Something has been happening a lot recently on Twitter. And it’s the unnecessary comparison of new school artists. It might be counterintuitive asking people not to do that. After all, nobody should tell you what to use your platform for. But if you take your time to think about it, it hardly makes any sense. It only ends up creating enmity between artists and their respective fans. We should all endeavor to dead it. That’s not too much to ask for.
I saw a tweet comparing Omah Lay to Oxlade. My first reaction was to call the tweeter a nincompoop but I know better than to throw insults around on Twitter. [That’s not true. I derive pristine joy in insulting people]. Why is anyone comparing Omah Lay to Oxlade? What’s the basis for the comparison? Asides it being unnecessary, it was irrational to compare these two acts. It’s okay to have a preference. What you shouldn’t do is compare any two talented artists who share no similarities. It is proof that you don’t know your music well enough.
I have seen other baseless comparisons too on Twitter. I’m aware that these conversations are borne out of boredom. There are a million other things you can do. Allow these youngins collaborate and make beautiful music before you corrupt their minds with whatever agenda you’re trying to push. Within the four walls of your room, you can raise whatever comparisons among your friends and debate it out there. Bringing it to Twitter just creates friction between the fans and ends up affecting the artists, and in turn, affects music lovers because whatever chances those acts have to collaborate can be easily jeopardized. We have seen this happen a number of times.
I can understand if these comparisons were done to rappers. Rap is a competitive genre. As a matter of fact, one can safely say that the genre is chiefly driven by competitiveness. There’s a culture of battle rap to support this claim. Rappers all over the world are not unfamiliar with dissing themselves. Rap thrives in the presence of beef so it is quite understandable when these comparisons are made and the rappers have to battle it out to prove who is better. That’s something.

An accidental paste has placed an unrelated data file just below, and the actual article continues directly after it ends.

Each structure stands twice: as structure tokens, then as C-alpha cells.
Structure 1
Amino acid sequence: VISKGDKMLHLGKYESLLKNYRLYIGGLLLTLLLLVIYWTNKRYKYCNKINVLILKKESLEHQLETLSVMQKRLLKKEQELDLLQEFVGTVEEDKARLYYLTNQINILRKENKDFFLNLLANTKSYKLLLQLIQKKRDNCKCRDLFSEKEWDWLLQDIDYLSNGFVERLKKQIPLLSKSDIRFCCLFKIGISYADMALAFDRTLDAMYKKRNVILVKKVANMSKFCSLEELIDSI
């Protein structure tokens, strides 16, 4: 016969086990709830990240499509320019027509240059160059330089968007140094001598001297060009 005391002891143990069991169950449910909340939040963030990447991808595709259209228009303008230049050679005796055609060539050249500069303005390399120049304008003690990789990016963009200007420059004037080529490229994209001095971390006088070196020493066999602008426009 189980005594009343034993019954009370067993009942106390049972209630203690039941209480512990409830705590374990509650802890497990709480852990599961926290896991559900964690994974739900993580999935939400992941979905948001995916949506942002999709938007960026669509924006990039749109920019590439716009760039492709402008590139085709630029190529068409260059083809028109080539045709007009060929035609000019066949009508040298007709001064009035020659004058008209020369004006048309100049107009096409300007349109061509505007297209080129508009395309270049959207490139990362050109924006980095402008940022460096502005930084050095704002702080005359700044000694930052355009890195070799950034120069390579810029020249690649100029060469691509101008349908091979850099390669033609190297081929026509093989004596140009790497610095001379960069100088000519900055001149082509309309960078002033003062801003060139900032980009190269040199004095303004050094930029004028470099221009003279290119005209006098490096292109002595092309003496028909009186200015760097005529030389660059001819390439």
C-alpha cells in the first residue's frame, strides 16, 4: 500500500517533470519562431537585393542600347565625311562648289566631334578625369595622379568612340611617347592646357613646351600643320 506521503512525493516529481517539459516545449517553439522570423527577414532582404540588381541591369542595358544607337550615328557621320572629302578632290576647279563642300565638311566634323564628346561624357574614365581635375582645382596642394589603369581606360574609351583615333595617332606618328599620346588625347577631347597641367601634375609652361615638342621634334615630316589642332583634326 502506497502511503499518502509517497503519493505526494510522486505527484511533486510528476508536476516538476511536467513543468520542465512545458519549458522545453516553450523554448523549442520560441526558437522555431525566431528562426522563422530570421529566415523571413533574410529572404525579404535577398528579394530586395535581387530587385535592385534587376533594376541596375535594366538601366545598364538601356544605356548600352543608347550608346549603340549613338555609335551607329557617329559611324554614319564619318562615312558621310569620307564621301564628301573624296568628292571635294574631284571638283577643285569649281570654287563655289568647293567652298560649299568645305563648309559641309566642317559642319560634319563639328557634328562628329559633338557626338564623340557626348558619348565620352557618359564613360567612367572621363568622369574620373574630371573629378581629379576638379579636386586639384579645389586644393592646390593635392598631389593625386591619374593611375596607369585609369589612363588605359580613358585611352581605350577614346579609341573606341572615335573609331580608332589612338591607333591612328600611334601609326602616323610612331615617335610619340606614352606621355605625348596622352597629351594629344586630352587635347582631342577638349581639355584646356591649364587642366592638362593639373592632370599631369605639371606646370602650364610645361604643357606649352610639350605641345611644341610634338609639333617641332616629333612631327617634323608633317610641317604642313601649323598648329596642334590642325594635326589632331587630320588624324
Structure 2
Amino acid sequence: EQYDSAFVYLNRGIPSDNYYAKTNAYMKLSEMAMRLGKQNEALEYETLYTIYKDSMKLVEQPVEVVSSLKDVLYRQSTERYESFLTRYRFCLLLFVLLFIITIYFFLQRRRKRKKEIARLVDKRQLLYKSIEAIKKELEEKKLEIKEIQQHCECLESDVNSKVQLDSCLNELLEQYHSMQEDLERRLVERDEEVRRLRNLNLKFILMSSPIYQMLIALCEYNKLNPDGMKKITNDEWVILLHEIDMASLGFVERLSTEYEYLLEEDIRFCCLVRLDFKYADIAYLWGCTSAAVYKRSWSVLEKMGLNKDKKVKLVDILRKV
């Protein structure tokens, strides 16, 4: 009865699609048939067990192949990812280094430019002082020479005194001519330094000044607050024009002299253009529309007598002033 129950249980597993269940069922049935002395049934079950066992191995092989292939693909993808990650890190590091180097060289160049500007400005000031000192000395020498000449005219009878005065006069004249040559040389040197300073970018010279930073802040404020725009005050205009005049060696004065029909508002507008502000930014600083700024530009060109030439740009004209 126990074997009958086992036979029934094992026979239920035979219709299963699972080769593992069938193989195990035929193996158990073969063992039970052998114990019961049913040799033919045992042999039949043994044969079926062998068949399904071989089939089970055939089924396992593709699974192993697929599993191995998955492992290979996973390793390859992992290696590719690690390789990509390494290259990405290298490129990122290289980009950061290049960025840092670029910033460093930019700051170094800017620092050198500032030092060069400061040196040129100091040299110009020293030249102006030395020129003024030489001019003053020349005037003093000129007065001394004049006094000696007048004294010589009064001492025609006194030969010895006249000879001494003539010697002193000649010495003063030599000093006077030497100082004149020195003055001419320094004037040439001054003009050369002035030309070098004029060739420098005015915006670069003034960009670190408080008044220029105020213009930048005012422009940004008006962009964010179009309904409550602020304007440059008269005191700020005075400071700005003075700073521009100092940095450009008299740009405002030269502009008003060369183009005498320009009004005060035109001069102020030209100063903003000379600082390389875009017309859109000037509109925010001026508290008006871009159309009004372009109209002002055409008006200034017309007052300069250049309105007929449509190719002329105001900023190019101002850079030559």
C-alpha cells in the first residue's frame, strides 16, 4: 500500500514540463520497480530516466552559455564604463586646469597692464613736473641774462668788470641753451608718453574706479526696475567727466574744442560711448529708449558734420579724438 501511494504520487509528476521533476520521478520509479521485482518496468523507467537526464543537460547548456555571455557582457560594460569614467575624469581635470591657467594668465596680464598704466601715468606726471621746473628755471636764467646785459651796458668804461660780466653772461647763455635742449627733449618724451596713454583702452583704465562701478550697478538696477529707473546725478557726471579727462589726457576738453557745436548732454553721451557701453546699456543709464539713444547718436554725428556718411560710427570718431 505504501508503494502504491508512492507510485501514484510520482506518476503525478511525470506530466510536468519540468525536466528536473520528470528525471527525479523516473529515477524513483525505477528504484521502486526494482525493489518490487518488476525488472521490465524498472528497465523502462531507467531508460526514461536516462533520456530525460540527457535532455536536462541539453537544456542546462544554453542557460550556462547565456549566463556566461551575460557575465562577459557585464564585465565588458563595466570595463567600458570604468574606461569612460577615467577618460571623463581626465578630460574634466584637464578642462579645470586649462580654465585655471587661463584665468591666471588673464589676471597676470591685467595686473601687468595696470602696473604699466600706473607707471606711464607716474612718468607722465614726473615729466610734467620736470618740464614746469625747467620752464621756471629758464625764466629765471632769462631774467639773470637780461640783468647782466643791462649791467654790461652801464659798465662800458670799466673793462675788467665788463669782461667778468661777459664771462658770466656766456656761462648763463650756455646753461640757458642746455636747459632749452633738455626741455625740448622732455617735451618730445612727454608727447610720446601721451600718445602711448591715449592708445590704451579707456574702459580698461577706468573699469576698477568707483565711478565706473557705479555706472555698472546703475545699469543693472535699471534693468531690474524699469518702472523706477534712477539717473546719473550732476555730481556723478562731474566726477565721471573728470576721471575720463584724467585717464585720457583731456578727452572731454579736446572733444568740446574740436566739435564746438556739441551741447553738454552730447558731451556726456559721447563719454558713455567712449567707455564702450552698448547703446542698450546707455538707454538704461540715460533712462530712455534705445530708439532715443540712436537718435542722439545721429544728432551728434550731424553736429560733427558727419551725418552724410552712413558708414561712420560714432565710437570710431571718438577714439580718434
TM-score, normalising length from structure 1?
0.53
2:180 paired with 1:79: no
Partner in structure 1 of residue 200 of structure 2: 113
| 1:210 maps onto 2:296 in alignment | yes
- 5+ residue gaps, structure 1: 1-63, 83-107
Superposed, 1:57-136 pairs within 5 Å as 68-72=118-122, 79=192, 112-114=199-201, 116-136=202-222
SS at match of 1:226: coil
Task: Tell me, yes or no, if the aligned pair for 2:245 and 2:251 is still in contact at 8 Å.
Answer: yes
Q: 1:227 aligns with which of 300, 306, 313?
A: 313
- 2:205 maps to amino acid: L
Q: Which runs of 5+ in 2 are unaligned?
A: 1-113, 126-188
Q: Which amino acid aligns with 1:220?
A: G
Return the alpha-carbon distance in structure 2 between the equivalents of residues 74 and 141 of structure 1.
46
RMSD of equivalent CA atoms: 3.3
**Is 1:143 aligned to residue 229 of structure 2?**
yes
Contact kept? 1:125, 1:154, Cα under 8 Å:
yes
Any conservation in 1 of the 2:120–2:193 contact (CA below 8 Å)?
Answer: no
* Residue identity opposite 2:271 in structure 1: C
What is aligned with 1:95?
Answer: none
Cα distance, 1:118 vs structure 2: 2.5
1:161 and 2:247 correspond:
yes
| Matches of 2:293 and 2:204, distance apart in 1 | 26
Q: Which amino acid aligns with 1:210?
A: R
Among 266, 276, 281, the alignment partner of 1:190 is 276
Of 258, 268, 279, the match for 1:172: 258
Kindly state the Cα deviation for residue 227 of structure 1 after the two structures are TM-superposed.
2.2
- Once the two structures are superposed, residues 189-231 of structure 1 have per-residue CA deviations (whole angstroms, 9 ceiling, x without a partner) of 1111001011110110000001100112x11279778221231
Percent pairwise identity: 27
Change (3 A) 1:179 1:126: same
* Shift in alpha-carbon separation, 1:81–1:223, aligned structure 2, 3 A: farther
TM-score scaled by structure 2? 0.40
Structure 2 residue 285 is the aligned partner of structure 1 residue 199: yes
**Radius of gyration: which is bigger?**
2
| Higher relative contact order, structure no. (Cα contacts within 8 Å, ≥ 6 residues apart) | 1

It’s not exactly same when it comes to singers. There’s no culture for that. It’s not unethical to compare singers. Don’t get me wrong. My argument is that it does nothing significant for the singers nor their art (unlike rap) so what is the point of making these comparisons? All you get is an endless thread of fans and people on Twitter going back and forth. It’s sometimes even worse than that because the fans take it up a notch and begin to say derogatory things to the artist and his craft. Then the artist has no choice than to feed into the beef that has been created.
I know it can be such a hard concept to grasp sometimes but artists are human beings too. We seem to conveniently forget that. Sometimes, we downplay all their hard work so as to fulfill obligations like winning petty arguments online. Artists have feelings and it hurts greatly to see when people just come online to compare them to their colleagues. It’s not too late to stop doing that. The Nigerian music industry is at a stage where it’s about to bloom into something magnificent. As music lovers and listeners, we are laden with the responsibility of extending support to the creators instead of pitting them against one another.
You don’t have to enjoy everyone’s music. That’s an unrealistic expectation. Just show your unwavering support to artists whose music you love. Promote and share their music with others. Resist the urge to compare artists on social media where conversations can easily spiral out of control. We need an industry that allows fledgling talent to flourish without anyone trying to dim their light.